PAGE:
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Gender + Sexuality

In ‘Shadow Life,’ a Rebel Senior Lives How She Damn Well Pleases

Hiromi Goto’s funny graphic novel starts with Kumiko busting out of her Vancouver care home.

Dorothy Woodend 22 Mar

Dorothy Woodend is culture editor of The Tyee. Reach her here.

Poet and novelist Hiromi Goto’s wildly fierce and funny new graphic novel Shadow Life has at its centre a truly unique heroine.

After fleeing a drab seniors’ facility, 76-year-old Kumiko makes a new life for herself in a funky downtown neighbourhood. Her adult daughters are less than pleased with their runaway mother, but Kumiko has bigger problems to solve. Death has come a’calling and will not be so easily evaded.

With help from new friends, as well as an old flame, Kumiko fights an epic battle for freedom, independence and the right to live her life however she damn well pleases.

Goto’s poetic sensibilities, in conjunction with artist Ann Xu’s black-and-white drawings, imbue the story with a fantastical style, combining magical realism with quasi-documentary detail. Despite living in different parts of the world, Goto and Xu’s collaboration proved an ideal fit. Words and images offer a wonderfully charming combination with lightly-offered lessons on aging, resilience and the importance of remaining true to one’s own self.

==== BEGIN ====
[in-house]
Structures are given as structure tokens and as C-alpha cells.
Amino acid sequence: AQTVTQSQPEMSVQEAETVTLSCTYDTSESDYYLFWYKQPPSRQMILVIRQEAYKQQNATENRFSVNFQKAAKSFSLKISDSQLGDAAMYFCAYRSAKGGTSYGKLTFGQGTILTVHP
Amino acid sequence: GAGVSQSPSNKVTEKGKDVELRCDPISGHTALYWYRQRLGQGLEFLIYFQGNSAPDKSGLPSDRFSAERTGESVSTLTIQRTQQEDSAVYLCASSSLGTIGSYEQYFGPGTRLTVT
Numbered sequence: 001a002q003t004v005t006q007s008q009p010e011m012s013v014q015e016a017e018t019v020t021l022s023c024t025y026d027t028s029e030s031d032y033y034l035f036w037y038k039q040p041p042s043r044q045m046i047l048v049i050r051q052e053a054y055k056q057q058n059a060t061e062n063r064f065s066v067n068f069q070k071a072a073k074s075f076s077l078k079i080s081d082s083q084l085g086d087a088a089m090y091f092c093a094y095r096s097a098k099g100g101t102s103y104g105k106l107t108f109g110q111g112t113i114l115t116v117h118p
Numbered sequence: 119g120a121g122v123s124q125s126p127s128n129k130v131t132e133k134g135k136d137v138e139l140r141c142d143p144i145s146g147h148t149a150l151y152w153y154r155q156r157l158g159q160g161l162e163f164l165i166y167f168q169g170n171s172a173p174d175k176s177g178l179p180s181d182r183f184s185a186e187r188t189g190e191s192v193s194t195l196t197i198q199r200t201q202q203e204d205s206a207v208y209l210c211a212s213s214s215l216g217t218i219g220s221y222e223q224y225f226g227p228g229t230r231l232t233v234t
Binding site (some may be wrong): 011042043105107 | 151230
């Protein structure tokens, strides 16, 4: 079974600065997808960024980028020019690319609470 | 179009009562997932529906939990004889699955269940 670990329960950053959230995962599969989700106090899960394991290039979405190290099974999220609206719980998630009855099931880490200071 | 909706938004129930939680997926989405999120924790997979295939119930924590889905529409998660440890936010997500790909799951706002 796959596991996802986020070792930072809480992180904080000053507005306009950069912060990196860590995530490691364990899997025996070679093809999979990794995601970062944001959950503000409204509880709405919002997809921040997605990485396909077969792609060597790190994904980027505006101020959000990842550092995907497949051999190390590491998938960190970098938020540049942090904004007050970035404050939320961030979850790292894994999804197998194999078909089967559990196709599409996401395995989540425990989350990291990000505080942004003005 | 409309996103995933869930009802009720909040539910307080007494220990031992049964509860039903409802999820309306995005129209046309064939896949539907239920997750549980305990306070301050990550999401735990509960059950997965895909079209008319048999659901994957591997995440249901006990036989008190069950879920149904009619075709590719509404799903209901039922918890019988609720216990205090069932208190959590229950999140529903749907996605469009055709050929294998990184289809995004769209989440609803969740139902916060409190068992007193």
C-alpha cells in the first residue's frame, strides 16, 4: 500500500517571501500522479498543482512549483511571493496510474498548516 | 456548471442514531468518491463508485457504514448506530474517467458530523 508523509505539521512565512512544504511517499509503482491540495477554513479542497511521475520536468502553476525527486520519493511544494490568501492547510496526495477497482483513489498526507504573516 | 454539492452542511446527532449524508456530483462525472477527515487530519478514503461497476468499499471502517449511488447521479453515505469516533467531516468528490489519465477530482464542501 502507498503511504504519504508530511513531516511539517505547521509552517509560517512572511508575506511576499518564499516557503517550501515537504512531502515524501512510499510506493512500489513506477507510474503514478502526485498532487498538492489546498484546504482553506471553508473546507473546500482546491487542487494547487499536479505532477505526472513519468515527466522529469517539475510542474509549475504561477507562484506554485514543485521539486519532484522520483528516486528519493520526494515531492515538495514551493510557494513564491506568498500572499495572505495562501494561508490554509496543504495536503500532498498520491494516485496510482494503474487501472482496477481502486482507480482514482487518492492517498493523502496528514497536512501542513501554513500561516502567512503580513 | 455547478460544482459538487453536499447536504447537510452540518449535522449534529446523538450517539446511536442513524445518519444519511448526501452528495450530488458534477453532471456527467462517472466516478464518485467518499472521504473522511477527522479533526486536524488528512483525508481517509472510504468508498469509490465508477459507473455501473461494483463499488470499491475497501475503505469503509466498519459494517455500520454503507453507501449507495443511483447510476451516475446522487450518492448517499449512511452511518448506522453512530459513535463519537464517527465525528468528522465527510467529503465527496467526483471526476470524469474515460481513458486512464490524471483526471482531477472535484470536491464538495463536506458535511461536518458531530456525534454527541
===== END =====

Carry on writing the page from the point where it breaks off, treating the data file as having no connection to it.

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The Tyee spoke to Goto about her work as well as the mysteries of the creative process. This interview has been lightly edited for length and clarity.

The Tyee: What initially drew you to the graphic novel as a form for telling this particular story?

Hiromi Goto: Story framed visually instead of through words is very powerful when we think about the importance of representation. It is one thing to have text that centres a fat older Asian-Canadian woman as a subject — another thing altogether when you can actually see her. She takes up space in an entirely different way. She is embodied. This idea filled me with glee and joy.

I want to see so many more stories that place older women, diverse in myriad ways, as important subjects living fabulous lives. It was also a creative challenge for me to explore what I could do with story in a different art form. I loved this experience.

The integration of nitty-gritty reality and magical realism offers some pretty wild conjunctions. Was it a challenge to balance the quotidian details with the more fantastical elements?

I think a lot of my creative storytelling process and what I think can be possible in story has a firm foundation in my love affair and appreciation for folk tales and legends. In these stories, the quotidian and the fantastical abide together. Animals talk, oni wreak havoc and curses befall upon a land. A seal can take off her skin and turn into a woman. A baby is found inside the hollow stem of bamboo.